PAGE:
Mobile app performance can be thought of as being related to web performance, but has unique characteristics. Technology differences in the last mile latency can hamper performance, negatively affect round trip latency and impact the performance of mobile content. These factors impact mobile apps in a different manner than they do web applications.
What is round trip latency?
Round trip time is the least amount of time for a transmission to be sent from a handset and to receive a response. This time can make both mobile and web applications feel sluggish. The round trip times for 3G are 6 times more than WIFI, and LTE round trip times typically twice that of WIFI.
Unlike their desktop brothers, mobile devices turn off their radio to conserve energy. Turning radio back on can take from 50ms to 100ms (depending on the idle state) for LTE. 3G radio bring up times are more difficult to quantify, but it can be up to a second.
Similarities: Latency impacts User Experience for both Apps and Web
The effect of latency on page load time is well documented and most often cited with the below graph from Mike Belshe:
These delays in page load times are applicable to native mobile apps. This is because most apps use an API server which loads JSON or XML. These API requests have rich media URLs inside. While these are different from a HTML <img> tag that downloads images, these media objects still suffer from any latency incurred while connecting to servers, usually hosted on a CDN. For instance two popular mobile commerce apps I tested access content on 8 and 9 different domains. Each domain will incur a connection bring up where the latency of the connection will dominate the performance.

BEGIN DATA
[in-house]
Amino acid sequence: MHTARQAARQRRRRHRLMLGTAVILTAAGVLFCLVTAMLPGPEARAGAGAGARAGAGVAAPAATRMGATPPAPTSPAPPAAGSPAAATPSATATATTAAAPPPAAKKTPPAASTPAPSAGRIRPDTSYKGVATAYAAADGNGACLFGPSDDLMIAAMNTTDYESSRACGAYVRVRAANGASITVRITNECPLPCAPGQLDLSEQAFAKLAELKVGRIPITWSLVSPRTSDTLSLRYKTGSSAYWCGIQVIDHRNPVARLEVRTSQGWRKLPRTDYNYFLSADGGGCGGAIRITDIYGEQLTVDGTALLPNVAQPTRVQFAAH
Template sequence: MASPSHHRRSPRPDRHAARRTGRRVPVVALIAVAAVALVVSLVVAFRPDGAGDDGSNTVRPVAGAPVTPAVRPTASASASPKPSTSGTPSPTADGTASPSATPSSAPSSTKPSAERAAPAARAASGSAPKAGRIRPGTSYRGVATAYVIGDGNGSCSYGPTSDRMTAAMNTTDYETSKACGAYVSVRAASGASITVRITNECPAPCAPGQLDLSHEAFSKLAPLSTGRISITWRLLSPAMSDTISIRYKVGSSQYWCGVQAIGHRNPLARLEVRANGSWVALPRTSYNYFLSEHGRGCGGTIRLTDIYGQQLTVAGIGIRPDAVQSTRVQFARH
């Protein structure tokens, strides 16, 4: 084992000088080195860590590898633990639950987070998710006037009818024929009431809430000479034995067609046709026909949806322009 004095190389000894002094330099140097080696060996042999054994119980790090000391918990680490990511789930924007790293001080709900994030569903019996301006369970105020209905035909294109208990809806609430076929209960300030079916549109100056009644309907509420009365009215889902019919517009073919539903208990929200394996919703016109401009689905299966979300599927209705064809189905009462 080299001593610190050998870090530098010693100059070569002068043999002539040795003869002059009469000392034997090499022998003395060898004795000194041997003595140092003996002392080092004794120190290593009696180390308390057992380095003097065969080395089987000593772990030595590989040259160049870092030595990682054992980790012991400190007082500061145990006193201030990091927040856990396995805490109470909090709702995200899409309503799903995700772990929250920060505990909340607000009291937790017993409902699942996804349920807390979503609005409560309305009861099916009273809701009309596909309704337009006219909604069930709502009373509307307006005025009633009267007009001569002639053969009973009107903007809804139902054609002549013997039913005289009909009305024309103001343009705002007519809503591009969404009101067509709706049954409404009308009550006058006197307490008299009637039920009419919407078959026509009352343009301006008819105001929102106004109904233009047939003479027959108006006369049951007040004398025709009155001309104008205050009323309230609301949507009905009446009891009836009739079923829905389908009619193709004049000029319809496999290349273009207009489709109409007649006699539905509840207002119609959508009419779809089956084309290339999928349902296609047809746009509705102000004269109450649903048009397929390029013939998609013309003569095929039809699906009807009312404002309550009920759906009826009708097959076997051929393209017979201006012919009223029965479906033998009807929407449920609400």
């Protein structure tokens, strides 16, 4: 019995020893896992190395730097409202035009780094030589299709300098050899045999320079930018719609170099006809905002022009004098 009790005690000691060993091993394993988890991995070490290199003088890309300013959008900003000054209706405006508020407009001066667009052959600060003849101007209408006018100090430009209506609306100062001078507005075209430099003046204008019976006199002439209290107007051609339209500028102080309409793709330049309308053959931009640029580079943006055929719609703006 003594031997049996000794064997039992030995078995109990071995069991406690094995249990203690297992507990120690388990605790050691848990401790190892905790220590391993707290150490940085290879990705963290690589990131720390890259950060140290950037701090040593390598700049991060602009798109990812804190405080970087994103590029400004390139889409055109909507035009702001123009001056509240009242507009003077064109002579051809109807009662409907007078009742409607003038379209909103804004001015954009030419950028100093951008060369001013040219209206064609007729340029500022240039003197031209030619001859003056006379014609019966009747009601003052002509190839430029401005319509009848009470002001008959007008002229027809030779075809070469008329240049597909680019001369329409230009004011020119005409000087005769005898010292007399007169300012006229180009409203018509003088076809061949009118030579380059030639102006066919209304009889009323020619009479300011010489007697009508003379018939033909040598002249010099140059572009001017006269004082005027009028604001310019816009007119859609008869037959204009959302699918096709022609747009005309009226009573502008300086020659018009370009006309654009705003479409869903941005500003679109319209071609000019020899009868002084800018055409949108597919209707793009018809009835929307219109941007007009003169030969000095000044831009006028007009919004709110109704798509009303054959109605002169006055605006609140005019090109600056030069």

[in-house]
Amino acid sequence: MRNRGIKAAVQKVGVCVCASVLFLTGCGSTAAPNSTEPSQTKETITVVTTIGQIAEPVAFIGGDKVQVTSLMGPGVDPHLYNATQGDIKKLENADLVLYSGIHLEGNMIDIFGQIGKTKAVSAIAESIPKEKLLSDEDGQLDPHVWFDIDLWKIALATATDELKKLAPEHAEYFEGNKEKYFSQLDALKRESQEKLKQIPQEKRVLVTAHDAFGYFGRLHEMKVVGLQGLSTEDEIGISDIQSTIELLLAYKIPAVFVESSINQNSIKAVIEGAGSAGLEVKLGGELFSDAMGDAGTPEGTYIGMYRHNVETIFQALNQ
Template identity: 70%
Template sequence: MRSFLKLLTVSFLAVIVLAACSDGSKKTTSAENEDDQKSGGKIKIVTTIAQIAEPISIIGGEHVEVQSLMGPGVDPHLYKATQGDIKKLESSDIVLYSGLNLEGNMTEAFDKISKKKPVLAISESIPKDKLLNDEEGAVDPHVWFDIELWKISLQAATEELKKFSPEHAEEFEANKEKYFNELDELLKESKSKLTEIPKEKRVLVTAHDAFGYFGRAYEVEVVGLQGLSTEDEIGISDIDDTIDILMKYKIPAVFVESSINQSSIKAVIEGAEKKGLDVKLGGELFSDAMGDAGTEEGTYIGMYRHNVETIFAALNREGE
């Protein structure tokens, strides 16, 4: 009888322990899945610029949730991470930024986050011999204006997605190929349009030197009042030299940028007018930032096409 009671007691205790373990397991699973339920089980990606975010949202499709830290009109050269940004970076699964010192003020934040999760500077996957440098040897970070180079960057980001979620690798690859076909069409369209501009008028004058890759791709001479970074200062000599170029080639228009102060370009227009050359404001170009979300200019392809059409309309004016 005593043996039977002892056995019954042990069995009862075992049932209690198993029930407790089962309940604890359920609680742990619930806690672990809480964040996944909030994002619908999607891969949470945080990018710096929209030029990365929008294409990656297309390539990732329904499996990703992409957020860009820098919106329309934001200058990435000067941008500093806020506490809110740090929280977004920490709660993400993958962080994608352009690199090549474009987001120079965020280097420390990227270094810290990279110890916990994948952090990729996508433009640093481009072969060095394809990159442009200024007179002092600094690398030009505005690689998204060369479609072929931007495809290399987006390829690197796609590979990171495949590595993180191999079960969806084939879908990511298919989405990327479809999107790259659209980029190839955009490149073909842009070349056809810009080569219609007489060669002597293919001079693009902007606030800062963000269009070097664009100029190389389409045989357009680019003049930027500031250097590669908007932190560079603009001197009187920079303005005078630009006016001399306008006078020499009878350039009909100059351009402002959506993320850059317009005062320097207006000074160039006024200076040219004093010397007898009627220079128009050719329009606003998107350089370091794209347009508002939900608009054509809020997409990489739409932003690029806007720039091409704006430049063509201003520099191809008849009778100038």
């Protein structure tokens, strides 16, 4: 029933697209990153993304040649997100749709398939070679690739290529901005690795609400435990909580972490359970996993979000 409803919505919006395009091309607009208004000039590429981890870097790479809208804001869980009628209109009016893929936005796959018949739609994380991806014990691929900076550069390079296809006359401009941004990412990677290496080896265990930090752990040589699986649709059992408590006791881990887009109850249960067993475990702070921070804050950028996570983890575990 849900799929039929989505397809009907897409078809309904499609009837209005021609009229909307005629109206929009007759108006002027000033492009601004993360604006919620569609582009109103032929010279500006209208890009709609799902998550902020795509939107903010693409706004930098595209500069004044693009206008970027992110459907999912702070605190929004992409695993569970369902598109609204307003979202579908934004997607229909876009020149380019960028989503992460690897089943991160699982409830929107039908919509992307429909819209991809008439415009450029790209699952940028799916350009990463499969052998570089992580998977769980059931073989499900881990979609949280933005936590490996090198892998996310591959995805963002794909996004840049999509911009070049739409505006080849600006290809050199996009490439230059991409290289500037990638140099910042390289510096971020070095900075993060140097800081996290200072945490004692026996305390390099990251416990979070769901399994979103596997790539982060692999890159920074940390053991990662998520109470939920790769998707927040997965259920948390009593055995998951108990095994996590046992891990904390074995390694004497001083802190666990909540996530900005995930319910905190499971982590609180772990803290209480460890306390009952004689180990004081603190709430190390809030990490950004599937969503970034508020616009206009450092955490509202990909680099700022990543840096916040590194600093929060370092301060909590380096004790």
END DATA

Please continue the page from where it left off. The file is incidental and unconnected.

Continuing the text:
Differences: Mobile apps are built differently
Often native mobile apps use Operating System (OS) provided frameworks to lay out the UI. This means that while latency impacts what aspects of the UI are displayed, the experience is different with a native app than with a web. E.g. the developer may employ a UIListView of UIImageViews to show a list of images. This is different from a web application where the layout is fetched from the network. This improves the interactive experience of native apps.
Unlike with web, front-end optimizations are baked into the app, or are not applicable . These optimizations are often accomplished by developers when building the app unlike with web where there are Front-end optimization (FEO) performed by elements in the network. Things like right sizing images is trivial on apps because the native application can request the correctly sized images from the origin based on the exact dimensions of screen. This is just one example of how traditional FEO are not applicable to apps.
So what does all this mean?
Web and Mobile apps share the goal of providing a good experience to users, but have many differences in how they are built and what optimizations are meaningful. This implies we need a fresh look improving mobile app performance. Luckily App developers have many options available to them.